The Star Beacon; Ashtabula, Ohio

Local News

March 23, 2012

North Kingsville considers fee for meth cleanup

NORTH KINGSVILLE —  Landowners in North Kingsville who harbor methamphetamine-making operations — knowingly or not — could be obliged to pay any cleanup cost under an ordinance now in the hands of Village Council members.

The measure, introduced at Wednesday night’s regular meeting, was moved to a second reading.

As written, the ordinance would free the village from having to scrub up a busted meth lab, which can involve costly disposal technicians. In the past, other agencies would help local police departments deal with the removal and disposal of the chemicals that make the drug. But the government funds that made the assistance possible are drying up, leaving local governments to fend for themselves, said Councilman Lawrence Eller.

The ordinance would first try to get cleanup costs from the meth-makers or “other responsible parties.” Failing that, the village would seek payment from the property owner. People who refuse to pay could see the cost tacked onto their property taxes, Eller said.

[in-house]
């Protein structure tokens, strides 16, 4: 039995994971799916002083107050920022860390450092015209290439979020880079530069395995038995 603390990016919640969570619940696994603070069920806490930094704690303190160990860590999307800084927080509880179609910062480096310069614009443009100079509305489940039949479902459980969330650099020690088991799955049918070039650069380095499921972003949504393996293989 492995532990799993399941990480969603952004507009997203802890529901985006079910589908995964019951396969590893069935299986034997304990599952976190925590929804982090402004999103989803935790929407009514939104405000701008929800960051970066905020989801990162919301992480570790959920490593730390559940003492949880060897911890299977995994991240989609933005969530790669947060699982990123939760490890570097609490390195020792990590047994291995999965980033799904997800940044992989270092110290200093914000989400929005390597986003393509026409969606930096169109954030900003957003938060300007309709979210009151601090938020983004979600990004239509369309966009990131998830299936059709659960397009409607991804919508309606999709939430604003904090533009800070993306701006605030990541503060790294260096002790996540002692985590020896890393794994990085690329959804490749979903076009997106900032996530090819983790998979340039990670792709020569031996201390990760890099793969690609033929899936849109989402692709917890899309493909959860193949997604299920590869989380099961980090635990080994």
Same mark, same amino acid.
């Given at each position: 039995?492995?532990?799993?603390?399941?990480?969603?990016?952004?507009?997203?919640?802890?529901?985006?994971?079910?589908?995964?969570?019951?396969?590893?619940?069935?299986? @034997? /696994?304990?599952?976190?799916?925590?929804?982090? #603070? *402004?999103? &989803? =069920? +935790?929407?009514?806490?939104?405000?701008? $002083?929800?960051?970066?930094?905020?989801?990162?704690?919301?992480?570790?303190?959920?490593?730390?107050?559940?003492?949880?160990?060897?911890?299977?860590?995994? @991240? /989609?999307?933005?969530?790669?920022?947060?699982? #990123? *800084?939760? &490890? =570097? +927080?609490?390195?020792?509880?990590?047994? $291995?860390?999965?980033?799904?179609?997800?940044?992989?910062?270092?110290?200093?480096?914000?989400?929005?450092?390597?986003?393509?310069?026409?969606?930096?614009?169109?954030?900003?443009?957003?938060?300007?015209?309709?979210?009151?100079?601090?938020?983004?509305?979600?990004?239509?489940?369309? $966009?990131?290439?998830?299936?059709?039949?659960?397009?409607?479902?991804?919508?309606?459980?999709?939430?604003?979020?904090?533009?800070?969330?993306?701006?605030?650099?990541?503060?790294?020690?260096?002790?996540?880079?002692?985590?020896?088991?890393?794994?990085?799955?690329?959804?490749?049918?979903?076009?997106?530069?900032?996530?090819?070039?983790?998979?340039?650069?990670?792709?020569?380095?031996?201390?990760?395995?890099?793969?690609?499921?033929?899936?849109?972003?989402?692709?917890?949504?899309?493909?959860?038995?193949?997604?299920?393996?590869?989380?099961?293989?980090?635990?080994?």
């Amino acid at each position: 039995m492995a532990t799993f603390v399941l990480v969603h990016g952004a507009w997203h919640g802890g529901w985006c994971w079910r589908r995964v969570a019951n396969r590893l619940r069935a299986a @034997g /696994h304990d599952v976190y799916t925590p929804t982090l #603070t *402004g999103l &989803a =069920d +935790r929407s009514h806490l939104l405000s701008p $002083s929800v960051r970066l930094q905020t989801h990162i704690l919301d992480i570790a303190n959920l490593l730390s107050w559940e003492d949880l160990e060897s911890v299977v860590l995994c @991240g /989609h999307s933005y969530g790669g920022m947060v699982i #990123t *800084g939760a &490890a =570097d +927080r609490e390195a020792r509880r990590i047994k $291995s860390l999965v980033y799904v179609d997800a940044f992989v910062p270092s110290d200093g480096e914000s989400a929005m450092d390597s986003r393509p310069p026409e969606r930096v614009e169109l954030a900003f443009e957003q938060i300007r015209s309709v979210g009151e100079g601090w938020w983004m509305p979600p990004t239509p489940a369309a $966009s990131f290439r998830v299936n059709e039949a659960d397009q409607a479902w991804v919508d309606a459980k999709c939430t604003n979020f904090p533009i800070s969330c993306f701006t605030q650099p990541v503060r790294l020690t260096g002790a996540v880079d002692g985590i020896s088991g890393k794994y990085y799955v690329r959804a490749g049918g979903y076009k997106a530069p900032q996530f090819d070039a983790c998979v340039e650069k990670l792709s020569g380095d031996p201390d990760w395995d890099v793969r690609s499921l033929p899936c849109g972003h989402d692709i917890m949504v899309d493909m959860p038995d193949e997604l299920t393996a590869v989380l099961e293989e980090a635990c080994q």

Councilman Mike Mauro was leery of bringing owners into the situation, believing the drug-makers should be the priority target. “Why put the burden on the landlords?” Mauro asked.

Eller replied the village has a very tight budget this year and can’t afford to handle the cleanup chore. The legislation may also prompt some landlords to pick their tenants more carefully, he said.

In other news, council unanimously approved a permanent 2012 budget after working nearly three months on temporary appropriations. The entire 12-month budget totals some $2.99 million, comparable to last year, said Clerk-Treasurer Lori DeGeorge.

The budget does include money to purchase a new fire engine for the North Kingsville Fire Department. The village plans to buy a Sutphen truck estimated to cost $459,000. It will take between 10 and 12 months to build the truck once an order is placed, council was told.

Elsewhere, a majority of council agreed to pay $1,100 for 40 fluorescent light tubes ordered for and delivered to the Village Green Golf Course without the knowledge of village officials. The purchase, done by previous golf course management, did not receive a purchase order and was not approved at a council meeting.

The light tubes, recently discovered, cannot be sent back, members said. “They’ve sat too long to be returned,” said Councilman Tim Zee, chairman of the golf course committee.

Current course manager Van Hicks was able to negotiate a 25 percent discount on the purchase, Zee said.

 

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